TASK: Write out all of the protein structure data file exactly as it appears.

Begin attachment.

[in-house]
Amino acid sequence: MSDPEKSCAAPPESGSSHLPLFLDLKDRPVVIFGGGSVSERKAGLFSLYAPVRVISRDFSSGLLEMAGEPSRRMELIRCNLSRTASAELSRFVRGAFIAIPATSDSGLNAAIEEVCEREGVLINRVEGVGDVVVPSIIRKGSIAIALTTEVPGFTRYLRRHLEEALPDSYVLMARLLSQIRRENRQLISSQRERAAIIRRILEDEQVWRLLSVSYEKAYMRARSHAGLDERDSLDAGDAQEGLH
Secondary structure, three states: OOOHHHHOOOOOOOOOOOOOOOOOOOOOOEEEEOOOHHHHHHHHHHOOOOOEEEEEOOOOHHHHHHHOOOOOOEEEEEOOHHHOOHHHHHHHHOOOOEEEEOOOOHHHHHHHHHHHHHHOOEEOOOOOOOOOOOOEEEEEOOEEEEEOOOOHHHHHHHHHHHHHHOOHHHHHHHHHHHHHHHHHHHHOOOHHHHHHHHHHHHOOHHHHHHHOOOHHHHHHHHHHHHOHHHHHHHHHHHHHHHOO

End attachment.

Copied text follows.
[in-house]
Amino acid sequence: MSDPEKSCAAPPESGSSHLPLFLDLKDRPVVIFGGGSVSERKAGLFSLYAPVRVISRDFSSGLLEMAGEPSRRMELIRCNLSRTASAELSRFVRGAFIAIPATSDSGLNAAIEEVCEREGVLINRVEGVGDVVVPSIIRKGSIAIALTTEVPGFTRYLRRHLEEALPDSYVLMARLLSQIRRENRQLISSQRERAAIIRRILEDEQVWRLLSVSYEKAYMRARSHAGLDERDSLDAGDAQEGLH
Secondary structure, three states: OOOHHHHOOOOOOOOOOOOOOOOOOOOOOEEEEOOOHHHHHHHHHHOOOOOEEEEEOOOOHHHHHHHOOOOOOEEEEEOOHHHOOHHHHHHHHOOOOEEEEOOOOHHHHHHHHHHHHHHOOEEOOOOOOOOOOOOEEEEEOOEEEEEOOOOHHHHHHHHHHHHHHOOHHHHHHHHHHHHHHHHHHHHOOOHHHHHHHHHHHHOOHHHHHHHOOOHHHHHHHHHHHHOHHHHHHHHHHHHHHHOO